California's Home Sharps Law Starts Today

A new state law goes into effect today prohibiting the disposal of home-generated sharps waste in California residents' trash or recycling containers and requiring that all such waste be transported to a collection center in an approved sharps container. This includes hypodermic needles, pen needles, intravenous needles, lancets and other devices that are used to penetrate the skin for medication administration.

Californians generate an estimated 400 million used sharps each year, many of which are improperly--and as of today illegally--disposed of as household trash. This presents a great risk to sanitation and sewage treatment workers, janitors, housekeepers, and children. State officials add that decreasing the number of sharps disposed in landfills will help prevent potential health risks to landfill and material recovery facility workers, as well.

The California Integrated Waste Management Board lists the following as some of the disposal options available to residents for disposal of sharps waste:

  • Pharmacies. Some drug store chains take back their customers' needles, although large quantities might not be accepted.
  • Mail-Back Service. A list of sharps waste mail-back services authorized for use in California is available from the California Department Of Public Health.
  • Local Household Hazardous Waste Program. Call your local household hazardous waste agency and ask if they collect needles (sharps) at their collection facilities or on household hazardous waste days. Some do, others do not. There are four places you can look for this information:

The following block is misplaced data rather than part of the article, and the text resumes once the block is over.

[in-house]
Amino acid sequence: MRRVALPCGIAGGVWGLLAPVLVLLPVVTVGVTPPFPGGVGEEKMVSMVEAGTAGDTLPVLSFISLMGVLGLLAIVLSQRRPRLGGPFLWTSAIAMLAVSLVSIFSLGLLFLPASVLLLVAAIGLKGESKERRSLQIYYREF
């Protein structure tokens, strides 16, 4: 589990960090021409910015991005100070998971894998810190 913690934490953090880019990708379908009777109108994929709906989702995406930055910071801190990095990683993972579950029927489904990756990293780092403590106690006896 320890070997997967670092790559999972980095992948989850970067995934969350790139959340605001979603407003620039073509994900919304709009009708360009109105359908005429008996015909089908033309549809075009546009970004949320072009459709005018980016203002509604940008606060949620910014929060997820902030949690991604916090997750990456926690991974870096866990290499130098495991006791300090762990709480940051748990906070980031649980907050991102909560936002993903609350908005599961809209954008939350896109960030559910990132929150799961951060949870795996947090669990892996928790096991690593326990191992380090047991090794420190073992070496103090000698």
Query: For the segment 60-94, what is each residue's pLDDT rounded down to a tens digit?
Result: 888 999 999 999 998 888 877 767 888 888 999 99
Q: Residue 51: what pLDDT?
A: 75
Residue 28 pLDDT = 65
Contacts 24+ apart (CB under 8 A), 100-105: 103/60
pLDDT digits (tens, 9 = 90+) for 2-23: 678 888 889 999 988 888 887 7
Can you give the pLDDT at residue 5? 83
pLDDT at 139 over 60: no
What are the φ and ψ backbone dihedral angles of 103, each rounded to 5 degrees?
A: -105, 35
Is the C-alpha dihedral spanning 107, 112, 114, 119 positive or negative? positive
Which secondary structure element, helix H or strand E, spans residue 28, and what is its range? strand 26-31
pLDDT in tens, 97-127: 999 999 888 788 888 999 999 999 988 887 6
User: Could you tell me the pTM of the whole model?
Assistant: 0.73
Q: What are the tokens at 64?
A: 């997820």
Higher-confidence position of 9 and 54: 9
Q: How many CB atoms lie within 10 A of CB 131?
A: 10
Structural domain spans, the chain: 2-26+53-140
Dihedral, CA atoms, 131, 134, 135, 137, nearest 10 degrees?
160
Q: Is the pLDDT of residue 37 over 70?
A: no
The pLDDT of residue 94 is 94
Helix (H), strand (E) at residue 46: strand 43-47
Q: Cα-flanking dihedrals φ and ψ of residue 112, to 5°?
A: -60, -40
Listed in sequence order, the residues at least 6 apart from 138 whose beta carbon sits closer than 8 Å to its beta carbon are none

-- Look in the Government section of your local white pages for a household hazardous waste listing for your city or county.
    -- Call 1-800-CLEANUP (1-800-253-2687), a service of Earth 911.
    -- Visit the Earth 911.org Web site, http://earth911.org/.
    -- See the Local Enforcement Agency Directory on CIWMB's Web site.
  • Local Jurisdiction Sharps Collection Programs. A file showing a sampling of local jurisdictions’ sharps collection programs and containing contacts, email addresses, program summaries, and outreach materials is available at www.ciwmb.ca.gov/hhw/sharps/LocalProgram.pdf. This spreadsheet could help jurisdictions that don’t have collection programs set up their own sharps collection program.
  • Hospital Take Back. Hospitals might take back needles (sharps) from those patients who go to the hospital for regular outpatient services.
  • Medical Waste Disposal Directory. If you are searching for facilities that collect sharps for disposal, the directory available at www.ciwmb.ca.gov/hhw/HealthCare/Collection/ enables you to locate one that is near to where you live or work.

CIWMB asks residents to remember that all trash is handled by people both at recycling facilities and at landfills. These people could be stuck by needles or other sharps that poke through their protective clothing, including heavy gloves and boots, which could result in serious injury, including infection by pathogens either from the needle user, or by pathogens that contaminate a needle after it is disposed. For more information, visit www.ciwmb.ca.gov/hhw/sharps/.

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